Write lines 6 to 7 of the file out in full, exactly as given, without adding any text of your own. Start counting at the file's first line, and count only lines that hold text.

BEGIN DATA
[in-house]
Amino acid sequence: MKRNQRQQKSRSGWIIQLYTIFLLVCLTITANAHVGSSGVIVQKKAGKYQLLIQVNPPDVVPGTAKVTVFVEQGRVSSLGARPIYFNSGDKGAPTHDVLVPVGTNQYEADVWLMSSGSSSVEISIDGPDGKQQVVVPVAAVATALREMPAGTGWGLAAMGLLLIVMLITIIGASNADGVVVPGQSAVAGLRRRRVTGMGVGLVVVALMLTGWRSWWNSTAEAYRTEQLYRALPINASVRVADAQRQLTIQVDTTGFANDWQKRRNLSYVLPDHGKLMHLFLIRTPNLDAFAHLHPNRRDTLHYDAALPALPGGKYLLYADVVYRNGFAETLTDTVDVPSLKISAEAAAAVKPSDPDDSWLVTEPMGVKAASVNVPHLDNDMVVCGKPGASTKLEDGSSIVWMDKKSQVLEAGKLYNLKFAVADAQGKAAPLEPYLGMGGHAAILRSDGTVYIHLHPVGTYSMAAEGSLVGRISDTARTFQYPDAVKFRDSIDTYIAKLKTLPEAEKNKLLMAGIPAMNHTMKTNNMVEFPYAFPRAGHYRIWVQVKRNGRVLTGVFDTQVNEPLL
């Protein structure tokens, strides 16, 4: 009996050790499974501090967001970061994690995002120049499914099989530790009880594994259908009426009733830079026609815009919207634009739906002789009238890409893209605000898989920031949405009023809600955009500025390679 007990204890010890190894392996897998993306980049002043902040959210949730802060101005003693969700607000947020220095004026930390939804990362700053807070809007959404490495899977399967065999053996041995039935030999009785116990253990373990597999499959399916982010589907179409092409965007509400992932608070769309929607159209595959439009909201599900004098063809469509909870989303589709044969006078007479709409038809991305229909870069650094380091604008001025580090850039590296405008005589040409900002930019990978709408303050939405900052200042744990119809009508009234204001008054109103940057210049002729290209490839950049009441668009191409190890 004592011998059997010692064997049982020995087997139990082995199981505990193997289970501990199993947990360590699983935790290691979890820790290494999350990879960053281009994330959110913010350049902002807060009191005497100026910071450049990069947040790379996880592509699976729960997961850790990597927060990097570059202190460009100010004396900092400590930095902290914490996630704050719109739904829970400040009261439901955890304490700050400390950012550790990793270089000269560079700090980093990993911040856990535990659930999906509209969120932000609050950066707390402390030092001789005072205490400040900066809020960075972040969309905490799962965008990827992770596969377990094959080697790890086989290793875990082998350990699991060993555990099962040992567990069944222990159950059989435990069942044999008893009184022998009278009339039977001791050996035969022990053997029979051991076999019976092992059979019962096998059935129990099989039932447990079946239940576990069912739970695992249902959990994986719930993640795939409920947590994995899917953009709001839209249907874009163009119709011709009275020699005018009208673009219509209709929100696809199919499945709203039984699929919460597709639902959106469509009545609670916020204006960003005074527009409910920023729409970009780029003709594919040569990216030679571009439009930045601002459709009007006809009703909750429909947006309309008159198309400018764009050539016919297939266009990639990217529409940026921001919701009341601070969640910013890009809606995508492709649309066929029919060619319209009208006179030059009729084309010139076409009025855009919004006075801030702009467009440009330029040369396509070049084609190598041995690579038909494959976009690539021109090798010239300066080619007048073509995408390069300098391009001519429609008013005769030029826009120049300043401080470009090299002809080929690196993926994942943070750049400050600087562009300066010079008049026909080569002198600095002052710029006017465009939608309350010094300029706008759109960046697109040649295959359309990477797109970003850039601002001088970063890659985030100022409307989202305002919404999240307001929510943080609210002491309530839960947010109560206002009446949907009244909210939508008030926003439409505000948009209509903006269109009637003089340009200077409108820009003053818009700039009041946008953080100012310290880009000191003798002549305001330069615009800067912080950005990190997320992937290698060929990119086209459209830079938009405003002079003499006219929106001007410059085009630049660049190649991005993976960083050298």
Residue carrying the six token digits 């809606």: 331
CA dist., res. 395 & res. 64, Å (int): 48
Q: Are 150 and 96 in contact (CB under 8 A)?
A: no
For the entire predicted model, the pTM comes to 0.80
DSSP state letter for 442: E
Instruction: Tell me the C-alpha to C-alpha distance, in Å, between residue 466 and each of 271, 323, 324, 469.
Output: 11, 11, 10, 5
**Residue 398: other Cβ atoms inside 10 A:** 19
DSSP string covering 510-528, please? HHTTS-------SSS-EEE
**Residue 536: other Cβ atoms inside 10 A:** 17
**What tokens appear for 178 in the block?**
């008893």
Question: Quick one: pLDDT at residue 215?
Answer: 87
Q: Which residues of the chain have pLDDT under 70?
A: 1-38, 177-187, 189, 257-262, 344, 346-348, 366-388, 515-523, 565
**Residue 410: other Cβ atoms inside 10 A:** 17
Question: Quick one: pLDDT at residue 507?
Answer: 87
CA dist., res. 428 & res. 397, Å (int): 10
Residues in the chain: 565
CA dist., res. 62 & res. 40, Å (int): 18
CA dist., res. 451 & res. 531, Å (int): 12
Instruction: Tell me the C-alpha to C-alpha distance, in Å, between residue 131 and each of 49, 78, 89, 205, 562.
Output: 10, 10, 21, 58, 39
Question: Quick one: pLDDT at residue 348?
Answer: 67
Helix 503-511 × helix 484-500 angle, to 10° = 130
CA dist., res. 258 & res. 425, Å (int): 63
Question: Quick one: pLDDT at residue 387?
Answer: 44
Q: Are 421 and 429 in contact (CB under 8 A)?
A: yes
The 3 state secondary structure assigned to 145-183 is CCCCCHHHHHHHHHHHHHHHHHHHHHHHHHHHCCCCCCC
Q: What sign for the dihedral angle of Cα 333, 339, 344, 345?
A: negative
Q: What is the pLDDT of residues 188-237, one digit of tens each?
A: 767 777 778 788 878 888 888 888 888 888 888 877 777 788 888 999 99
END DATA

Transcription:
Q: Are 150 and 96 in contact (CB under 8 A)?
A: no